High Homocysteine in Women Raises Risk for Alzheimer's

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The risk of developing Alzheimer’s disease is two times greater among middle-aged women who have high levels of homocysteine than those who do not. Although this finding is disturbing, it also may provide clinicians a simple way to identify who is at risk many years before they show signs of Alzheimer’s.

This finding was revealed in a thesis from the Sahlgrenska Academy at the University of Gothenburg, Sweden, and was based on the Prospective Population Study of Women in Gothenburg. The study was started at the end of the 1960s and involved nearly 1,500 women between the ages of 38 and 60. All of the women were examined and asked questions about their health, and blood samples were drawn. Now nearly all of the samples have been evaluated, and the author of the thesis, Dr. Dimitri Zylberstein, compared the gathered information and identified which women developed Alzheimer’s and dementia later in life.

Dr. Zylberstein found that Alzheimer’s disease was more than twice as common among the women who had the highest levels of the amino acid homocysteine when compared with the women who had the lowest levels. Overall, the risk for developing any type of dementia was 70 percent higher among women who had the highest homocysteine levels.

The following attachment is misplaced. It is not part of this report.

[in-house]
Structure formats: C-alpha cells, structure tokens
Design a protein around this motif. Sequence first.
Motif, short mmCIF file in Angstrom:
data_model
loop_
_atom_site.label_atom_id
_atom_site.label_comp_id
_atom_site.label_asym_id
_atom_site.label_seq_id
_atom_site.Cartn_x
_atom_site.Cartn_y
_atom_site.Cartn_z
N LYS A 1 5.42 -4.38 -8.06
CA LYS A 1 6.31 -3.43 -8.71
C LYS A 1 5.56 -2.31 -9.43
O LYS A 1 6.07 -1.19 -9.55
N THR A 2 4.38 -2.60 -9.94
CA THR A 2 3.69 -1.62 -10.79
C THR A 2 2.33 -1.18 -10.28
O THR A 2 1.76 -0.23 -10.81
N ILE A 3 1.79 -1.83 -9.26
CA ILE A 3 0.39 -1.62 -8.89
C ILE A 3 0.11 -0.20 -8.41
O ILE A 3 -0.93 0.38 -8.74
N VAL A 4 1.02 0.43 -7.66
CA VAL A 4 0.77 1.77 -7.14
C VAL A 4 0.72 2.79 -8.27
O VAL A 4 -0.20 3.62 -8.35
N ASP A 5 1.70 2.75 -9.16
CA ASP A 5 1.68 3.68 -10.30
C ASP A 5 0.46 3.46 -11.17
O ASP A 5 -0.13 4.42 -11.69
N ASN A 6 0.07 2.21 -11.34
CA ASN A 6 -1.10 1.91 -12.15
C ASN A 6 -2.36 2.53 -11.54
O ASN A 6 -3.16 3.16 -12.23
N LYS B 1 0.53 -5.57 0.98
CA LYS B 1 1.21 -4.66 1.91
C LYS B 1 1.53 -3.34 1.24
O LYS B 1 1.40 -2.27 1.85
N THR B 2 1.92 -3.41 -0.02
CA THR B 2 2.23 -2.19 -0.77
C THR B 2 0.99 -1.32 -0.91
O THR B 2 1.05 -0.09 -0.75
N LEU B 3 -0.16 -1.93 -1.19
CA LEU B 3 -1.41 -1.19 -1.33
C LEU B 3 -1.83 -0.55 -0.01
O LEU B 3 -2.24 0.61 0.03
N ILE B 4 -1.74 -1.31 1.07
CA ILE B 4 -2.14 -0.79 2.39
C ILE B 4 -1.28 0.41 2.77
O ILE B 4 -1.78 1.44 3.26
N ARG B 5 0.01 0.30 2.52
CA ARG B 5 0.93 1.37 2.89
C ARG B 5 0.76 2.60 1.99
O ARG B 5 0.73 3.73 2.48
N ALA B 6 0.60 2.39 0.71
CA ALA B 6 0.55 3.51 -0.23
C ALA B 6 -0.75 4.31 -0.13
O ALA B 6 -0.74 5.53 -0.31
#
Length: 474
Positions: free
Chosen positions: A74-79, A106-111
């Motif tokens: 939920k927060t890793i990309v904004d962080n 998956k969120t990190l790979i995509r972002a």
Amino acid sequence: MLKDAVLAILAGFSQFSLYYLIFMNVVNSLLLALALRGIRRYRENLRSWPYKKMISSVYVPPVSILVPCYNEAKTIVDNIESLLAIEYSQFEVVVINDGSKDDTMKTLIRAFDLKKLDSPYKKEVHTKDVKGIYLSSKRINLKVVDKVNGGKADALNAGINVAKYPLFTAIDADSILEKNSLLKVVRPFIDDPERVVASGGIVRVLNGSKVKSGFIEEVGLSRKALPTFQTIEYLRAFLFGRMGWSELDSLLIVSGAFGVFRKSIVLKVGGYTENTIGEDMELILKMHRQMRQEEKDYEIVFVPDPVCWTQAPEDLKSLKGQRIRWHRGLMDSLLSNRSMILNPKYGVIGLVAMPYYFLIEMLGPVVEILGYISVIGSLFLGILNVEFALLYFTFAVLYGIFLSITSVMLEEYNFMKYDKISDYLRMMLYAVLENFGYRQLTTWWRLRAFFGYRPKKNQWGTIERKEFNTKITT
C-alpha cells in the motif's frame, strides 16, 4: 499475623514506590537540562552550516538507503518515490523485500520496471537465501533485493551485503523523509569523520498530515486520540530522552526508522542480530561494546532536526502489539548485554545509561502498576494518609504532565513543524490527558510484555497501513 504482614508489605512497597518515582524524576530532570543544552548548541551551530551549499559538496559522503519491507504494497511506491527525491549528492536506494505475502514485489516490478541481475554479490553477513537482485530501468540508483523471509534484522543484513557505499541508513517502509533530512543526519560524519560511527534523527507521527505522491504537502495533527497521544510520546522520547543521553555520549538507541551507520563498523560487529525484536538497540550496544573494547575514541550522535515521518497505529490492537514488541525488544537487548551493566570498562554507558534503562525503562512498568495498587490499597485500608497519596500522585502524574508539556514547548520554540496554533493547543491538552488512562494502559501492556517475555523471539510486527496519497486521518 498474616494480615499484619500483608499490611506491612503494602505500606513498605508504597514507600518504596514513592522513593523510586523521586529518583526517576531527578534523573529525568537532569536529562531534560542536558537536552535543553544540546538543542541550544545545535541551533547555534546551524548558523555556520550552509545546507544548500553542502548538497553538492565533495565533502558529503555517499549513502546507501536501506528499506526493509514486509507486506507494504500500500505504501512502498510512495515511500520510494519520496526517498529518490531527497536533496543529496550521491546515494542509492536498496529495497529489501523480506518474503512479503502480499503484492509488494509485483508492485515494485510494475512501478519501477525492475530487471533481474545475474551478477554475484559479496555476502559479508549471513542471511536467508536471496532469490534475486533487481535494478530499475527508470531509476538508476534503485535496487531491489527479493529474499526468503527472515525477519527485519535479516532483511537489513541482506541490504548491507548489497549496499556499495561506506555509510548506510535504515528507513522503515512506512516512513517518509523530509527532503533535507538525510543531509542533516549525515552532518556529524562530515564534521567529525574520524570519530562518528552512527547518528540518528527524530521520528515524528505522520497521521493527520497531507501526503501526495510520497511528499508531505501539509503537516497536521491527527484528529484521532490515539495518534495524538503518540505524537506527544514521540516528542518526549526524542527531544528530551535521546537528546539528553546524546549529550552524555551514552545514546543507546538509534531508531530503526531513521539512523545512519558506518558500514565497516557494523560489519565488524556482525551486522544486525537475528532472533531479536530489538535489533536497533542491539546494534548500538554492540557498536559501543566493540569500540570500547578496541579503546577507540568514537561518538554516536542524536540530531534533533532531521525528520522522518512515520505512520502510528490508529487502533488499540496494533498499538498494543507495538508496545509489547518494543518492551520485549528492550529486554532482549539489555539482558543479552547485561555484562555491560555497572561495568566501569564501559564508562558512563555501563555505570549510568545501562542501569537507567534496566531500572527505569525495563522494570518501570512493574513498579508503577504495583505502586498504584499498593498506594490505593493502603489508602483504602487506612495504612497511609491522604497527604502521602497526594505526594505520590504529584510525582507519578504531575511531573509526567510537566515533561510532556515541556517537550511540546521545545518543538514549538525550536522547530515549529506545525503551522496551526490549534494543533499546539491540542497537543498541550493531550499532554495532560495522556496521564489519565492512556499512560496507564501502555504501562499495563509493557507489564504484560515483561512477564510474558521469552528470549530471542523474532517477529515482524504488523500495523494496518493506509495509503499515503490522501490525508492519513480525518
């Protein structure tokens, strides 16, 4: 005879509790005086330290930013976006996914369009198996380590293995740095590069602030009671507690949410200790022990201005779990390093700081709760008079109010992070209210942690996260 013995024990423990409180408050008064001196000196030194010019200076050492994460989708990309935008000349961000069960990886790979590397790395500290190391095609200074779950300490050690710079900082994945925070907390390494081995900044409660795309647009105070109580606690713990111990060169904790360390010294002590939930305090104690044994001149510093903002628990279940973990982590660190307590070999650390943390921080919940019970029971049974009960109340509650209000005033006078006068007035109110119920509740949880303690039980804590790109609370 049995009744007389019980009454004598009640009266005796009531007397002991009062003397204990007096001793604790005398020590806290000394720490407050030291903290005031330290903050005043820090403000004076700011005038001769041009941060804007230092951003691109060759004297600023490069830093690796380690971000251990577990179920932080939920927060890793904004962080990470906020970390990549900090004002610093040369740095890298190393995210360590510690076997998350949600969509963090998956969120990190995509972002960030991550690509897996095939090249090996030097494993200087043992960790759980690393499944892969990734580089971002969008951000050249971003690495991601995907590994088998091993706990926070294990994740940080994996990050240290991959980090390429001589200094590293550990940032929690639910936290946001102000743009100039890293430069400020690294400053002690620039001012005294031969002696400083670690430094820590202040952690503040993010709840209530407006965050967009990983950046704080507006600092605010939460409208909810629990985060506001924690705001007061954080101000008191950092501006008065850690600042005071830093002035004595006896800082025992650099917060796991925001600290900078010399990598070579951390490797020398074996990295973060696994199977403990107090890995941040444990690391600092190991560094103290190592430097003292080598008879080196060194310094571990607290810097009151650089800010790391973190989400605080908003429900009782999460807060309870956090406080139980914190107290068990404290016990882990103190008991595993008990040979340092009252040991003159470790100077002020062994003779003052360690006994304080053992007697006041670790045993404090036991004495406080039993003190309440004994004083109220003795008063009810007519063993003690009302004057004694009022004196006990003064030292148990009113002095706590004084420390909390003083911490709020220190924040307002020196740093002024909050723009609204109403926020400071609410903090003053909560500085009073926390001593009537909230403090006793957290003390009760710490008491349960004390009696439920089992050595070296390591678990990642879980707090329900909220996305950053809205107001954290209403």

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Follow-up in previous studies linking homocysteine and dementia have never been longer than eight years. The current study, which covered 35 years, is not only the longest one ever conducted, but it is also the first to show an association between homocysteine levels in middle-aged women and the development of dementia several decades later. Given the findings reported in this thesis, it is possible clinicians will be able to identify individuals at risk for dementia decades before signs are evident and thus initiate preventive treatment.

As many as 5.3 million Americans live with Alzheimer’s disease, according to the Alzheimer’s Association, and another person develops the disease every 70 seconds. Although there is no cure, some treatments may slow progression of the disease. Given the relationship between Alzheimer’s and homocysteine indicated in this study, treatment to lower homocysteine could be initiated.

Research indicates that elevated homocysteine levels are related to deficiencies of folate and vitamin B12, yet high levels might also occur even when these vitamins are not deficient. High levels of homocysteine have been shown to damage blood vessels and to increase the risk of developing blood clots. Thus far, researchers do not know whether the homocysteine itself causes damage to the brain or whether another underlying factor both increases homocysteine and causes dementia.

SOURCES:
Alzheimer’s Association
University of Gothenburg news release Oct 27, 2009

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